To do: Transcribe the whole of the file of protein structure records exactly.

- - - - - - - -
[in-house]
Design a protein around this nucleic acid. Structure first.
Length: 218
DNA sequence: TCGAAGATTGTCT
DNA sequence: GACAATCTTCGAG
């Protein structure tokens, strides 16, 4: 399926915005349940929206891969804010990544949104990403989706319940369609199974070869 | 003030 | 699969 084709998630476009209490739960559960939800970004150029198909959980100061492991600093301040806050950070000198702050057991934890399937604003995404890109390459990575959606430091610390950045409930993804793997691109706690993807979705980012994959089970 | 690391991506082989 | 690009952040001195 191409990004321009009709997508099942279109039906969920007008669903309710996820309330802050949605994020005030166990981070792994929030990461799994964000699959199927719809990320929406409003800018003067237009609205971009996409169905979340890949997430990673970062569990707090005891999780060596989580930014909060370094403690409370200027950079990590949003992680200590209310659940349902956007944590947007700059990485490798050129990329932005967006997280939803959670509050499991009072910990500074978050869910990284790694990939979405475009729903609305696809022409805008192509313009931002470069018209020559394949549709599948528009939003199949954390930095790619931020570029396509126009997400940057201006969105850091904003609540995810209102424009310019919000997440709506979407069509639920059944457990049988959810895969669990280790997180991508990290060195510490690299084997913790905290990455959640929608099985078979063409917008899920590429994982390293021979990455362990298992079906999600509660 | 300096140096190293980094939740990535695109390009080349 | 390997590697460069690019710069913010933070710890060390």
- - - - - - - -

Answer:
[in-house]
Design a protein around this nucleic acid. Structure first.
Length: 218
DNA sequence: TCGAAGATTGTCT
DNA sequence: GACAATCTTCGAG
């Protein structure tokens, strides 16, 4: 399926915005349940929206891969804010990544949104990403989706319940369609199974070869 | 003030 | 699969 084709998630476009209490739960559960939800970004150029198909959980100061492991600093301040806050950070000198702050057991934890399937604003995404890109390459990575959606430091610390950045409930993804793997691109706690993807979705980012994959089970 | 690391991506082989 | 690009952040001195 191409990004321009009709997508099942279109039906969920007008669903309710996820309330802050949605994020005030166990981070792994929030990461799994964000699959199927719809990320929406409003800018003067237009609205971009996409169905979340890949997430990673970062569990707090005891999780060596989580930014909060370094403690409370200027950079990590949003992680200590209310659940349902956007944590947007700059990485490798050129990329932005967006997280939803959670509050499991009072910990500074978050869910990284790694990939979405475009729903609305696809022409805008192509313009931002470069018209020559394949549709599948528009939003199949954390930095790619931020570029396509126009997400940057201006969105850091904003609540995810209102424009310019919000997440709506979407069509639920059944457990049988959810895969669990280790997180991508990290060195510490690299084997913790905290990455959640929608099985078979063409917008899920590429994982390293021979990455362990298992079906999600509660 | 300096140096190293980094939740990535695109390009080349 | 390997590697460069690019710069913010933070710890060390």